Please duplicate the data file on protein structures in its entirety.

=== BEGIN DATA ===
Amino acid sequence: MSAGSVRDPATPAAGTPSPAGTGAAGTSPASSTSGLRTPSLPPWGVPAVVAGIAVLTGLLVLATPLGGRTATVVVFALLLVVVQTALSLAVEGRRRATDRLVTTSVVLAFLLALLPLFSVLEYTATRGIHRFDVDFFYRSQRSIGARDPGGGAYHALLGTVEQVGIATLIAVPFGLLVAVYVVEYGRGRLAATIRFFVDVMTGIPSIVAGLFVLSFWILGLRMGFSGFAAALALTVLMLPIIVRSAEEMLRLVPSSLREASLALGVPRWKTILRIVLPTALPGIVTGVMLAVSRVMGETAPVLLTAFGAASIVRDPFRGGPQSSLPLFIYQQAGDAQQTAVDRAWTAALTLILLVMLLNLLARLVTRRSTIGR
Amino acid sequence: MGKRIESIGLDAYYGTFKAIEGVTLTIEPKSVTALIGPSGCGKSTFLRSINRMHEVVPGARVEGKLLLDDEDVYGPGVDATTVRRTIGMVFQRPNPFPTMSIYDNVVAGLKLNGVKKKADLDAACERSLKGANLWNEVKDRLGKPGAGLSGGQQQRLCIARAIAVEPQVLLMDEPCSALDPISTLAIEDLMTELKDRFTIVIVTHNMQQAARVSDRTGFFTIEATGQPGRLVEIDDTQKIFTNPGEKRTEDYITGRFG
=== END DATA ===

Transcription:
Amino acid sequence: MSAGSVRDPATPAAGTPSPAGTGAAGTSPASSTSGLRTPSLPPWGVPAVVAGIAVLTGLLVLATPLGGRTATVVVFALLLVVVQTALSLAVEGRRRATDRLVTTSVVLAFLLALLPLFSVLEYTATRGIHRFDVDFFYRSQRSIGARDPGGGAYHALLGTVEQVGIATLIAVPFGLLVAVYVVEYGRGRLAATIRFFVDVMTGIPSIVAGLFVLSFWILGLRMGFSGFAAALALTVLMLPIIVRSAEEMLRLVPSSLREASLALGVPRWKTILRIVLPTALPGIVTGVMLAVSRVMGETAPVLLTAFGAASIVRDPFRGGPQSSLPLFIYQQAGDAQQTAVDRAWTAALTLILLVMLLNLLARLVTRRSTIGR
Amino acid sequence: MGKRIESIGLDAYYGTFKAIEGVTLTIEPKSVTALIGPSGCGKSTFLRSINRMHEVVPGARVEGKLLLDDEDVYGPGVDATTVRRTIGMVFQRPNPFPTMSIYDNVVAGLKLNGVKKKADLDAACERSLKGANLWNEVKDRLGKPGAGLSGGQQQRLCIARAIAVEPQVLLMDEPCSALDPISTLAIEDLMTELKDRFTIVIVTHNMQQAARVSDRTGFFTIEATGQPGRLVEIDDTQKIFTNPGEKRTEDYITGRFG